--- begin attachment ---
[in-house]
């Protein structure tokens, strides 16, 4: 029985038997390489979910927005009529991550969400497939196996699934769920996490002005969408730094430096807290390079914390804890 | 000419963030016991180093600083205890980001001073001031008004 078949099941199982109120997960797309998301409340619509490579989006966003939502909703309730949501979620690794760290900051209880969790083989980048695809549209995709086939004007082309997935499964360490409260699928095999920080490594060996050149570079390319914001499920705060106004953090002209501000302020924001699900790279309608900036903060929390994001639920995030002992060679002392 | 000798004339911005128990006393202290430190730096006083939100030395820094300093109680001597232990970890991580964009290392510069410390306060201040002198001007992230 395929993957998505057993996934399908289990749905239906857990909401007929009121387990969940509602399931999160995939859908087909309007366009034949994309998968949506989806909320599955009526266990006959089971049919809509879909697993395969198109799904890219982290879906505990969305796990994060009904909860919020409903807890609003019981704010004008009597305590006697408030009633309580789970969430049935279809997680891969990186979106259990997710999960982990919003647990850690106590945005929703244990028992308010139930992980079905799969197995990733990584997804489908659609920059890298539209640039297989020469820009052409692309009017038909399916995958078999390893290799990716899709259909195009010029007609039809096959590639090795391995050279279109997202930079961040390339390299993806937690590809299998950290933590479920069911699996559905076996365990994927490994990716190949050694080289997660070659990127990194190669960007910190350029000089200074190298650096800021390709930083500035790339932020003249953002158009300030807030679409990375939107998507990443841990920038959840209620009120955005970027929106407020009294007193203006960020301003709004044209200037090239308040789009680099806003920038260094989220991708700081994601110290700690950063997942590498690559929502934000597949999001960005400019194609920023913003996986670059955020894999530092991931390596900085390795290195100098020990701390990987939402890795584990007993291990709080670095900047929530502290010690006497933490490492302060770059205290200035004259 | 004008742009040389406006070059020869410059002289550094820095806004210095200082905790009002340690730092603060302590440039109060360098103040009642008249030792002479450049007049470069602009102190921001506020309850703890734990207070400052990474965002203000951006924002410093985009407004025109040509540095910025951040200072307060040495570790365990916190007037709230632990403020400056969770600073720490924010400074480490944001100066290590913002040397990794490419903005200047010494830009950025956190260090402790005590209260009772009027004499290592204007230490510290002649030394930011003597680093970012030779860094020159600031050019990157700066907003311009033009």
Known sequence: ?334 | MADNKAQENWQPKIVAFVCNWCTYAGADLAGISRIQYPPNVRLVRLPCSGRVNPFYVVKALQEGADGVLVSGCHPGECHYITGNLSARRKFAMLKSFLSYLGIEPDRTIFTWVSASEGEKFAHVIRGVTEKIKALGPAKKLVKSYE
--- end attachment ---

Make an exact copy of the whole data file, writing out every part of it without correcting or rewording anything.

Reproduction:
[in-house]
């Protein structure tokens, strides 16, 4: 029985038997390489979910927005009529991550969400497939196996699934769920996490002005969408730094430096807290390079914390804890 | 000419963030016991180093600083205890980001001073001031008004 078949099941199982109120997960797309998301409340619509490579989006966003939502909703309730949501979620690794760290900051209880969790083989980048695809549209995709086939004007082309997935499964360490409260699928095999920080490594060996050149570079390319914001499920705060106004953090002209501000302020924001699900790279309608900036903060929390994001639920995030002992060679002392 | 000798004339911005128990006393202290430190730096006083939100030395820094300093109680001597232990970890991580964009290392510069410390306060201040002198001007992230 395929993957998505057993996934399908289990749905239906857990909401007929009121387990969940509602399931999160995939859908087909309007366009034949994309998968949506989806909320599955009526266990006959089971049919809509879909697993395969198109799904890219982290879906505990969305796990994060009904909860919020409903807890609003019981704010004008009597305590006697408030009633309580789970969430049935279809997680891969990186979106259990997710999960982990919003647990850690106590945005929703244990028992308010139930992980079905799969197995990733990584997804489908659609920059890298539209640039297989020469820009052409692309009017038909399916995958078999390893290799990716899709259909195009010029007609039809096959590639090795391995050279279109997202930079961040390339390299993806937690590809299998950290933590479920069911699996559905076996365990994927490994990716190949050694080289997660070659990127990194190669960007910190350029000089200074190298650096800021390709930083500035790339932020003249953002158009300030807030679409990375939107998507990443841990920038959840209620009120955005970027929106407020009294007193203006960020301003709004044209200037090239308040789009680099806003920038260094989220991708700081994601110290700690950063997942590498690559929502934000597949999001960005400019194609920023913003996986670059955020894999530092991931390596900085390795290195100098020990701390990987939402890795584990007993291990709080670095900047929530502290010690006497933490490492302060770059205290200035004259 | 004008742009040389406006070059020869410059002289550094820095806004210095200082905790009002340690730092603060302590440039109060360098103040009642008249030792002479450049007049470069602009102190921001506020309850703890734990207070400052990474965002203000951006924002410093985009407004025109040509540095910025951040200072307060040495570790365990916190007037709230632990403020400056969770600073720490924010400074480490944001100066290590913002040397990794490419903005200047010494830009950025956190260090402790005590209260009772009027004499290592204007230490510290002649030394930011003597680093970012030779860094020159600031050019990157700066907003311009033009």
Known sequence: ?334 | MADNKAQENWQPKIVAFVCNWCTYAGADLAGISRIQYPPNVRLVRLPCSGRVNPFYVVKALQEGADGVLVSGCHPGECHYITGNLSARRKFAMLKSFLSYLGIEPDRTIFTWVSASEGEKFAHVIRGVTEKIKALGPAKKLVKSYE